What is the bema seat of judgment? How will God judge our works?
(This article is part of our series on eternal rewards.)
We’re all accustomed to receiving rewards based on our efforts. Most employers reward their employees based on job performance. Similarly, athletes in competitive games (e.g., the Olympics), receive rewards based on how well they compete.
In the same way, Scripture teaches that God will judge believers' works after we die. The believer's judgment, called the Judgment Seat of Christ in 2Corinthians, is a judgment for the purpose of assigning eternal rewards based on our service to Christ. Paul gives us detailed descriptions of the Judgment Seat moment in three different passages:
Paul says God judges our works. The Greek for “judgment seat” is bema, and appears seven times in Scripture. In ancient times judicial decisions were typically handed down from an official seated on a bema seat, a raised platform on which a judge or magistrate would sit as he pronounced a decision in some matter before him.
For example, in Matthew 27:19 and John 19:13, Pontius Pilate sits on a judgment seat while judging Christ. Also, in Acts 18:12;16-18, we find the Jews bringing Paul to the Roman proconsul Gallio while seated for judgment. In these passages, the judgment seat indicated an official acting in his role to judge the guilt or innocence of someone.
It's important to understand that even though believers face a judgment, that moment will not be a judgment of sin or a question of salvation. Entry into Heaven (i.e., salvation) is only obtained by faith in Jesus Christ, not by works, so that once a person has placed their faith in Jesus Christ, they are promised to receive eternal life.
Scripture makes clear that Christians will not be judged with respect to our sin, for Christ paid for all of our sins, past, present and future. As a reminder, a few Scriptures make this plain:
Here, judgment refers to eternal salvation but makes clear that we who believe in Christ will not be judged.
If the judgment seat meant possible punishment, then this verse makes no sense.
Jesus’ sacrifice for our sins was offered once, for all time. In addition, God says once He has saved us, that He will remember our sins no more; He has forgiven us. Therefore, it logically follows that there cannot be any punishment for the Christian.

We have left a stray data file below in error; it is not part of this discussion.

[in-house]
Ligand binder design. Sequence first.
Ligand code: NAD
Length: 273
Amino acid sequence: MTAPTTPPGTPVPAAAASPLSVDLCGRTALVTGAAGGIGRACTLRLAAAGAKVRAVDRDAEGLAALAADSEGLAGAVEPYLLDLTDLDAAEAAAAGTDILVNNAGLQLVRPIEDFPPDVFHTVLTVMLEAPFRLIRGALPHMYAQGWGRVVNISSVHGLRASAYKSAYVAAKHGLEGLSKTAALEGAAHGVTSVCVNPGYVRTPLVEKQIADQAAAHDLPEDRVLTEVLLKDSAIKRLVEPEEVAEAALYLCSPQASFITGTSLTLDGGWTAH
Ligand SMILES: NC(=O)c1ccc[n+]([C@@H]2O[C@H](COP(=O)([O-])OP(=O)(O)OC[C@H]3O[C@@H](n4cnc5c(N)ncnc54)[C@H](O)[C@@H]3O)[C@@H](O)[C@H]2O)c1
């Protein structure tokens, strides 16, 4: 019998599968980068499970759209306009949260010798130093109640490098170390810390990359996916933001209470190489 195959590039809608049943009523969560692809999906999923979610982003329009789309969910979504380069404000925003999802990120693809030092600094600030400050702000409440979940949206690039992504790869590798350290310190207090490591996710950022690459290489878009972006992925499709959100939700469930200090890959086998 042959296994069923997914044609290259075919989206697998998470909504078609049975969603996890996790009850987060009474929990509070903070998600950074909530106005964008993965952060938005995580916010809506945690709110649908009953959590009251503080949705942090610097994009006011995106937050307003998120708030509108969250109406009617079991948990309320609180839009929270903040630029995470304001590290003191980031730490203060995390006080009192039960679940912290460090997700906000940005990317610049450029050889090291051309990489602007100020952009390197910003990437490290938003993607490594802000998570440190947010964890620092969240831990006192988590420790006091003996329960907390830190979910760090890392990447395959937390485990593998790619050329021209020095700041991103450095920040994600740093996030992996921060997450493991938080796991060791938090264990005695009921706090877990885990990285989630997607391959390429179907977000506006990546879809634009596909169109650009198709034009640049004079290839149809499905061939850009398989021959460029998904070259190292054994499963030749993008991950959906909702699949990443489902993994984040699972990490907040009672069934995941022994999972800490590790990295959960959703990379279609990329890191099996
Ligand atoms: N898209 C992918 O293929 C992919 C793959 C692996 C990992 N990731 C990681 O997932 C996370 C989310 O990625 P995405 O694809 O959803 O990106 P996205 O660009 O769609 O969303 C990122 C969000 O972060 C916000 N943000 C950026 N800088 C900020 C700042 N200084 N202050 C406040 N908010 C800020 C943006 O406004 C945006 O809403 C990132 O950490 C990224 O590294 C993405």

Therefore, the judgment believers will face is one intended to assign rewards. For comparison, we must look to another occasion in which a bema is present: the ancient Greek Olympic games. As one writer puts it, “This word [bema] was taken from Isthmian games where the contestants would compete for the prize under the careful scrutiny of judges who would make sure that every rule of the contest was obeyed. The victor of a given event who participated according to the rules was led by the judge to the platform called the Bema. There the laurel wreath was placed on his head as a symbol of victory.”
Paul occasionally made reference to Olympic games as an analogy to explain the believer's relationship to the bema judgment moment:
Here, we see the believer as a soldier, athlete and farmer. Notice we seek to please someone as a soldier (just as we seek to please God), we “win a prize” as we compete in the games, and we should expect our “share of the crops”. Not only does this refer to Olympic type games, but both the athlete and the farmer should expect something for their work.
Again, Paul uses the language of “running a race to receive the prize”. Those who ran such races did so to receive a wreath, which was their prize. Just as an athlete disciplines himself so that he is not distracted in his training to win the race, so should a believer discipline himself as he serves the Lord, not being distracted by the things of this life, all with an expectation of receiving a reward.
Importantly, the prize or reward here is not referring to salvation. Salvation is never called a prize in Scripture, only a gift. Likewise, when Paul says he does not want to be disqualified, he is not talking about losing his salvation. How do we know? Very simply, because our salvation is not based on what we did or do. God has chosen us for salvation from before the foundation of the earth (Ephesians 1). Our salvation was accomplished by Christ’s life, death and resurrection: our sins were forgiven in Christ by His death on the cross, and we are counted righteous by His sinless life, all by faith (Romans 4 and 5).
Rather, disqualified here refers to not being able to receive rewards. Think about what happens to an athlete in the Olympic games. If he is disqualified, is he punished? No, but he cannot compete in the games and therefore cannot win the prize. So it is with the believer who does not live (run) in such a way as to receive rewards (the prize).
So when the Bible speaks of God judging a believer's works, it is describing a judgment (bema) similar to that of an athlete participating in Olympic type games. It is a judgment for the purpose of assigning rewards only. Therefore, if our work is pleasing to the Lord, we will receive a reward.
To get up to speed on this important area of Biblical truth, please read the following series of articles:
4. How will God judge our works?